(By Frank M. Figueroa)
(A Selected Discography from the Puerto Rican Diaspora - Pt. I)
(by William Millán)
NORO MORALES: BACK HOME AGAIN
(by Frank M. Figueroa)
People who have to leave their birthplace at an early age generally want to go back home to live the last years of their lives. No matter how much success they have achieved or how happy they have been in their adopted surroundings there is always a yearning to return to one's native soil. Some are lucky enough to realize this dream. Noro Morales, the great Puerto Rican pianist and band leader, was one of those fortunate people who completed the cycle and returned to his beloved island. His last years in Puerto Rico were not lived exactly in retirement and inactivity. He organized a big band with which he played and recorded until his death.
Noro Morales left Puerto Rico in 1935. Like many ambitious young musicians he was seeking fame and fortune in the Great Metropolis. Upon arriving at the big city, he settled in the heart of the Barrio Hispano in an apartment at 116th Street between 5th and Lenox Avenues. There, he joined a large number of Puerto Rican expatriates who longed for the warm sunshine and familiar surroundings of Borinquen. Among his neighbors were Rafael Hernández and his sister Victoria. From these humble beginnings, he rose to become the leader of one of Latin music's top bands. He played at New York's famous: Stork Club, Copacabana, la Conga, and China Doll nightclubs. The New York Daffy News selected his orchestra to play the prestigious Harvest Moon Ball. While doing all this he remained true to his Puerto Rican barrio roots playing at Hispanic community dances and being recognized by the leading Spanish newspaper, La Prensa, as "King of Latin Music." Even while appearing on Broadway's most exclusive cabarets he always managed to include a few bars of La Borinqueña or some other traditional Puerto Rican songs in his piano solos. Noro Osvaldo Morales did it all. He wrote hit songs, led one of the nation's top Latin bands, made top-selling recordings, appeared in movies, and became a symbol of pride for his fellow Puerto Ricans and for all Hispanics.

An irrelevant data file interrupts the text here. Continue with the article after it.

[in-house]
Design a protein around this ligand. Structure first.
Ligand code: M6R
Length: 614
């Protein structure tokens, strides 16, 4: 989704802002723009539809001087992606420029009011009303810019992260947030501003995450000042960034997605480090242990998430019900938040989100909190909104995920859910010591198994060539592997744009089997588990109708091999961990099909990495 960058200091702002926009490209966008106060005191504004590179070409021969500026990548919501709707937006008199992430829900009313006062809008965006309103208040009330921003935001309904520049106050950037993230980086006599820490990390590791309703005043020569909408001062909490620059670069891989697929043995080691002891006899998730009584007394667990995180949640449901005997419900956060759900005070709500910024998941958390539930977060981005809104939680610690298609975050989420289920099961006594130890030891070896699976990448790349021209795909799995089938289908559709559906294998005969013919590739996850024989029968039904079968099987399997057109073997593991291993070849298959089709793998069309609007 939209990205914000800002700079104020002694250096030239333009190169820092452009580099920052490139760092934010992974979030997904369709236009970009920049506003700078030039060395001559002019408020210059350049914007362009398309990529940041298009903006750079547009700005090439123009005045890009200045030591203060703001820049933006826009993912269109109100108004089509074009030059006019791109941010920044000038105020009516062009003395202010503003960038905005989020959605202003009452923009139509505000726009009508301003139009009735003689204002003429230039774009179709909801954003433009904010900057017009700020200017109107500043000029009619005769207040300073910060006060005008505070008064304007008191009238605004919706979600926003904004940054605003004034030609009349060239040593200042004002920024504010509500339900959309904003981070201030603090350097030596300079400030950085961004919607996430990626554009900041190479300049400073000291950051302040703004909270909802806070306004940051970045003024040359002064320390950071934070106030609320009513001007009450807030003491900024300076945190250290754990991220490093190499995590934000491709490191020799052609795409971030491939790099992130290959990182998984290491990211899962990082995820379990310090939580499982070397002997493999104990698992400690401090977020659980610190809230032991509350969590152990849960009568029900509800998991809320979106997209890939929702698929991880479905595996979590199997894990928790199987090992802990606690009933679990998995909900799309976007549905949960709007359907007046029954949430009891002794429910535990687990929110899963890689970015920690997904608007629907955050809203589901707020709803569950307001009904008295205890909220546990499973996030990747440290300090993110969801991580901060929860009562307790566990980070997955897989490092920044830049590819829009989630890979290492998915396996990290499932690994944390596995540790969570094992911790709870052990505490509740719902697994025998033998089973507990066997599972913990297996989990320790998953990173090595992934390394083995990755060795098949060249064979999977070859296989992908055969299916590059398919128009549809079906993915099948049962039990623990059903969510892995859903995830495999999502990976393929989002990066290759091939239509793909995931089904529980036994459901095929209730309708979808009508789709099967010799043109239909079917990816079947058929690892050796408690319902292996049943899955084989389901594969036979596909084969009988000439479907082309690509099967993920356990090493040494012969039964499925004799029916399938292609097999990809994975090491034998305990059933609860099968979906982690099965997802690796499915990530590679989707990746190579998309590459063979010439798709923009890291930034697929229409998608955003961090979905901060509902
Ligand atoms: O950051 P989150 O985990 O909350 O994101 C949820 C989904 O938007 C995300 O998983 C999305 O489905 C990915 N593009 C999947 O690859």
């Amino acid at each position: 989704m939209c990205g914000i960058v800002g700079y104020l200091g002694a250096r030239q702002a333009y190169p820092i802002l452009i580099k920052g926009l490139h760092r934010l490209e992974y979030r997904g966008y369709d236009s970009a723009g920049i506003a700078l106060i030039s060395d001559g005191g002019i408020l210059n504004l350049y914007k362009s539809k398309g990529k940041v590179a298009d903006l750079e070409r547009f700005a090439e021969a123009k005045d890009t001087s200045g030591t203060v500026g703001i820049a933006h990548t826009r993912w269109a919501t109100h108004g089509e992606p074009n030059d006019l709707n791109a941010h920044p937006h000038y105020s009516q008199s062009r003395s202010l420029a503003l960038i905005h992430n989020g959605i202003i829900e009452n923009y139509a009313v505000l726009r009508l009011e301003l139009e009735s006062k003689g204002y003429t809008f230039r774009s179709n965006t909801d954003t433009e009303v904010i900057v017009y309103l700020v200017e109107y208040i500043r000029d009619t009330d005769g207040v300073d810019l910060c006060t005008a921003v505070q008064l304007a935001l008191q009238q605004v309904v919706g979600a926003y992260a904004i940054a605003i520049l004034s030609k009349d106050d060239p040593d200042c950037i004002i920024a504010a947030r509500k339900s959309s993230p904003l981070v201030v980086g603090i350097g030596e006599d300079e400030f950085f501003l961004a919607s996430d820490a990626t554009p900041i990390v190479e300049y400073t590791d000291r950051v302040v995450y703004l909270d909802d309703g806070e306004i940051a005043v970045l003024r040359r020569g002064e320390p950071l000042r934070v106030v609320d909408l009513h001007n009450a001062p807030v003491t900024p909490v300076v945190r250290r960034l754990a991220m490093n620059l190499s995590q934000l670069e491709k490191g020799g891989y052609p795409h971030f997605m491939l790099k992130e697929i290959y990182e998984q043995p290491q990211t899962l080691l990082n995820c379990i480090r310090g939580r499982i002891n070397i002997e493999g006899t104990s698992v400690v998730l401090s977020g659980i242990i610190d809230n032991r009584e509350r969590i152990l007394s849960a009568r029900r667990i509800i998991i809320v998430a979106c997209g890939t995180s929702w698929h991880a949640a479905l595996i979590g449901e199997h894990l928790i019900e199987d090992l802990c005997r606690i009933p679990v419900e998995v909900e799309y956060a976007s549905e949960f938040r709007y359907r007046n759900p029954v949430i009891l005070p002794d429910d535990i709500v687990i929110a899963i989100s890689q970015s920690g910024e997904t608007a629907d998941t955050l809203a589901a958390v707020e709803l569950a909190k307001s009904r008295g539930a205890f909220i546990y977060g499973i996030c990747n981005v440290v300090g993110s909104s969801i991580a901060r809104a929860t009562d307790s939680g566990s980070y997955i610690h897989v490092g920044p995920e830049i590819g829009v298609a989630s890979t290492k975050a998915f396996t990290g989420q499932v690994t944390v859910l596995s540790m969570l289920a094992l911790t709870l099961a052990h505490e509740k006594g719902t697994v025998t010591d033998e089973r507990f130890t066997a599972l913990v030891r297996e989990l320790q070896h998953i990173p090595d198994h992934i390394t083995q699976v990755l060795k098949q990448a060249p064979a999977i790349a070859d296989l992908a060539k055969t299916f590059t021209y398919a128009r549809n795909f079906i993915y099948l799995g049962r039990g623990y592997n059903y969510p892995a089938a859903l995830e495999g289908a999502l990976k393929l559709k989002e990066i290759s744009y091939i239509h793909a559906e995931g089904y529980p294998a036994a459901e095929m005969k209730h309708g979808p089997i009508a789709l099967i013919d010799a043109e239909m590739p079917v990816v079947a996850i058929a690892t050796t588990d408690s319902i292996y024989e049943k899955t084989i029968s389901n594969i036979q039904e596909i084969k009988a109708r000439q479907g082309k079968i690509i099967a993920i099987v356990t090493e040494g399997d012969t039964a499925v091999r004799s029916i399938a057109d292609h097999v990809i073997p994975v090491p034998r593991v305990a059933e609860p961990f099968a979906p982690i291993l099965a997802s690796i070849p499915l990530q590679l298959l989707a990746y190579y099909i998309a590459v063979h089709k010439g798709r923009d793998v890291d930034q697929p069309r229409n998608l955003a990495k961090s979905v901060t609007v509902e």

After more than 25 years in New York, Noro began to feel the lure of his native island calling him back. In the late 1950s the music business in the States was in a slump. Big bands were being replaced by small combos, and venues such as the Palladium Ballroom were no longer profitable. Noro suffered from glaucoma brought on by diabetes and was beginning to lose his eyesight. All this contributed to his decision to go back home. In 1960, he did just that. His sister Alicia, through some business connections in Puerto Rico, negotiated a contract for him to play with his big band at the La Concha Hotel in San Juan for six months. He ended up performing there for nearly four years. Noro actually organized a new band in Puerto Rico. He chose the best local musicians he could find and brought others from New York with him. One of these was saxophonist and arranger Ray Santos. Ray couldn't join the band from the very start because he was attending Columbia University and had to complete the college semester. He did join Noro a few months later and played with the band for more than a year. Other members of the orchestra were: Jorge López, Rafí Carrero, and Juancito Torres on trumpet; Pin Madera, alto sax; Ralph Kemp, saxophone; Pepito Morales and Carlos Medina, baritone sax; Lidio Fuentes, and Simón Madera, bass; Ana Carrero, female Cuban drummer; and Vitín Avilés, singer. Humberto Morales, Noro's brother, led a small combo that alternated with the big band at the same hotel. Noro's orchestra played for all the stage shows and provided music for dancing.
As a person, Noro Morales was a rather pleasant, easygoing individual. He had a winning personality and could charm even the most calloused state trooper. Ray Santos tells the story about a cross country car trip he took with Noro. The band completed its contract in California and the musicians had to return to New York. Noro asked Ray if he would ride back with him in his car. Ray saw this as a way to see the country and save money at the same time. He didn't know that Noro was not a good driver. He drove the way he played the piano, looking at the road as he did the piano keys, only occasionally. The pianist was a portly man and his bulk kept him a good distance from the steering wheel. While driving through the straight highways of Nevada and Arizona, Noro would be reclining way back on the seat with the car weaving from on side of the road's center line to the other. All this while looking at Ray as he spoke. Soon enough Ray could hear and see the blinking lights and siren of the highway patrol. In his mind, Ray could imagine what was going to happen to them. As a New Yorker of Puerto Rican descent, he had heard about the prejudiced police in the hinterland. Ray could see Noro and himself locked up in some dilapidated hoosegow and being fed bread and water. Noro wasn't shaken at all. He slowly stopped the car on the shoulder of the road and slowly got out of the car and met the trooper. Ray didn't want to even look at the scene. A few minutes went by and the next thing that Ray knew Noro and the highway policeman were laughing together and Noro was showing him photographs of his family. After exchanging pleasant goodbye, Noro got back in the car and they drove away without even getting a reprimand. That is what you call charm and Ray claims that it happened more than once during that trip.